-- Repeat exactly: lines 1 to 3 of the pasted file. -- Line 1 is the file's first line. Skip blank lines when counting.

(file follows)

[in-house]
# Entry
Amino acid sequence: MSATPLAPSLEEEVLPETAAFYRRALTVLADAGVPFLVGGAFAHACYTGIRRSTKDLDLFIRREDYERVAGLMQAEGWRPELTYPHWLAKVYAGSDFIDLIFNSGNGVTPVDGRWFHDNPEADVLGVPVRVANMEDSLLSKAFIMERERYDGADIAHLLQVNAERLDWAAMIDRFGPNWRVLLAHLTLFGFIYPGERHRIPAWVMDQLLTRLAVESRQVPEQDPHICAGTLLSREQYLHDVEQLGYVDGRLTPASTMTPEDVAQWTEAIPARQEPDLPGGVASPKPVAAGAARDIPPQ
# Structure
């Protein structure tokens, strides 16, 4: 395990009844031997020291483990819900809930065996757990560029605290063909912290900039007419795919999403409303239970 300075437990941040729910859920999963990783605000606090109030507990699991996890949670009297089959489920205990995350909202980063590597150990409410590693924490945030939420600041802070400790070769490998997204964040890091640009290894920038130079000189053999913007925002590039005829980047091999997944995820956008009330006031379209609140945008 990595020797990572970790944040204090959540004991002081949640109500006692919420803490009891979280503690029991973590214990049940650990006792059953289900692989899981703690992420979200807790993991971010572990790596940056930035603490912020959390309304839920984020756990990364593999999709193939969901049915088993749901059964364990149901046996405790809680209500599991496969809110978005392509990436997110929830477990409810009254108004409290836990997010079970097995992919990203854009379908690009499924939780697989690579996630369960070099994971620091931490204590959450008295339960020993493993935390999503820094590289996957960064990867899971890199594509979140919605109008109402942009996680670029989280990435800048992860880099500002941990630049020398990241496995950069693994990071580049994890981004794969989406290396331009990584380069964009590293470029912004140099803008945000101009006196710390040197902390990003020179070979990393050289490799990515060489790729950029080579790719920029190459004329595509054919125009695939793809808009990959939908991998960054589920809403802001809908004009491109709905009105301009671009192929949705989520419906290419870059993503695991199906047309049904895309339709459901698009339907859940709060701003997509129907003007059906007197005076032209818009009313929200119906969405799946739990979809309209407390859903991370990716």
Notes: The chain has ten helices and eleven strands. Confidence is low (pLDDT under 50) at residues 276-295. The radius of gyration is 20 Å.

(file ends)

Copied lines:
[in-house]
# Entry
Amino acid sequence: MSATPLAPSLEEEVLPETAAFYRRALTVLADAGVPFLVGGAFAHACYTGIRRSTKDLDLFIRREDYERVAGLMQAEGWRPELTYPHWLAKVYAGSDFIDLIFNSGNGVTPVDGRWFHDNPEADVLGVPVRVANMEDSLLSKAFIMERERYDGADIAHLLQVNAERLDWAAMIDRFGPNWRVLLAHLTLFGFIYPGERHRIPAWVMDQLLTRLAVESRQVPEQDPHICAGTLLSREQYLHDVEQLGYVDGRLTPASTMTPEDVAQWTEAIPARQEPDLPGGVASPKPVAAGAARDIPPQ